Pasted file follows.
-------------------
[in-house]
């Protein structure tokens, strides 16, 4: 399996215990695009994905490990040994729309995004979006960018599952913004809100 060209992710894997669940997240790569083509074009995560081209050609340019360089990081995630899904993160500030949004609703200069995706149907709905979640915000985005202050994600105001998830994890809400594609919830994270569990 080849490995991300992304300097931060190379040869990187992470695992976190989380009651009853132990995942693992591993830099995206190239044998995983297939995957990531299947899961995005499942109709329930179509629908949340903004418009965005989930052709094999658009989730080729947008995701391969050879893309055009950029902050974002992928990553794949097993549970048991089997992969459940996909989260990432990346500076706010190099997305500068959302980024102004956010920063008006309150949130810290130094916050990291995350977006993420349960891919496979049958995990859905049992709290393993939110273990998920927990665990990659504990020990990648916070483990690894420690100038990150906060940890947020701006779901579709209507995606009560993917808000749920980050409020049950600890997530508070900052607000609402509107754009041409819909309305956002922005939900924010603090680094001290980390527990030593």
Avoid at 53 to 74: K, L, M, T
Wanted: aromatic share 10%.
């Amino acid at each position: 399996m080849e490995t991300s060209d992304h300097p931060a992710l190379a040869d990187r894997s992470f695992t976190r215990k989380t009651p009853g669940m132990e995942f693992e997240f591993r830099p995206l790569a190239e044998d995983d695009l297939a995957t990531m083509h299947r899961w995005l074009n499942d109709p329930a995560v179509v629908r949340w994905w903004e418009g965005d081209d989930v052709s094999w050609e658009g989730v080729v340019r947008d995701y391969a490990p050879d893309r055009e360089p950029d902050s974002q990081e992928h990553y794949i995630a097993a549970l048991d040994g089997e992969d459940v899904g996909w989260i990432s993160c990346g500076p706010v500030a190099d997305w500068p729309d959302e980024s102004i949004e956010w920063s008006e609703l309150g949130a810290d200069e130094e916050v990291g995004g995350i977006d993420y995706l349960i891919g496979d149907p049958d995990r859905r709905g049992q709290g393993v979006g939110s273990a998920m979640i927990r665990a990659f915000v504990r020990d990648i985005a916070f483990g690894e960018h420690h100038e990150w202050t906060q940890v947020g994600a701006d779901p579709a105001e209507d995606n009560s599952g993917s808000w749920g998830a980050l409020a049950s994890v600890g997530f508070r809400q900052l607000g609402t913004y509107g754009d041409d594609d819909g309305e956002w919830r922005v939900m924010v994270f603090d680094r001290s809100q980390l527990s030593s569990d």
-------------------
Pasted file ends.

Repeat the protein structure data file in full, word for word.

[in-house]
């Protein structure tokens, strides 16, 4: 399996215990695009994905490990040994729309995004979006960018599952913004809100 060209992710894997669940997240790569083509074009995560081209050609340019360089990081995630899904993160500030949004609703200069995706149907709905979640915000985005202050994600105001998830994890809400594609919830994270569990 080849490995991300992304300097931060190379040869990187992470695992976190989380009651009853132990995942693992591993830099995206190239044998995983297939995957990531299947899961995005499942109709329930179509629908949340903004418009965005989930052709094999658009989730080729947008995701391969050879893309055009950029902050974002992928990553794949097993549970048991089997992969459940996909989260990432990346500076706010190099997305500068959302980024102004956010920063008006309150949130810290130094916050990291995350977006993420349960891919496979049958995990859905049992709290393993939110273990998920927990665990990659504990020990990648916070483990690894420690100038990150906060940890947020701006779901579709209507995606009560993917808000749920980050409020049950600890997530508070900052607000609402509107754009041409819909309305956002922005939900924010603090680094001290980390527990030593």
Avoid at 53 to 74: K, L, M, T
Wanted: aromatic share 10%.
């Amino acid at each position: 399996m080849e490995t991300s060209d992304h300097p931060a992710l190379a040869d990187r894997s992470f695992t976190r215990k989380t009651p009853g669940m132990e995942f693992e997240f591993r830099p995206l790569a190239e044998d995983d695009l297939a995957t990531m083509h299947r899961w995005l074009n499942d109709p329930a995560v179509v629908r949340w994905w903004e418009g965005d081209d989930v052709s094999w050609e658009g989730v080729v340019r947008d995701y391969a490990p050879d893309r055009e360089p950029d902050s974002q990081e992928h990553y794949i995630a097993a549970l048991d040994g089997e992969d459940v899904g996909w989260i990432s993160c990346g500076p706010v500030a190099d997305w500068p729309d959302e980024s102004i949004e956010w920063s008006e609703l309150g949130a810290d200069e130094e916050v990291g995004g995350i977006d993420y995706l349960i891919g496979d149907p049958d995990r859905r709905g049992q709290g393993v979006g939110s273990a998920m979640i927990r665990a990659f915000v504990r020990d990648i985005a916070f483990g690894e960018h420690h100038e990150w202050t906060q940890v947020g994600a701006d779901p579709a105001e209507d995606n009560s599952g993917s808000w749920g998830a980050l409020a049950s994890v600890g997530f508070r809400q900052l607000g609402t913004y509107g754009d041409d594609d819909g309305e956002w919830r922005v939900m924010v994270f603090d680094r001290s809100q980390l527990s030593s569990d």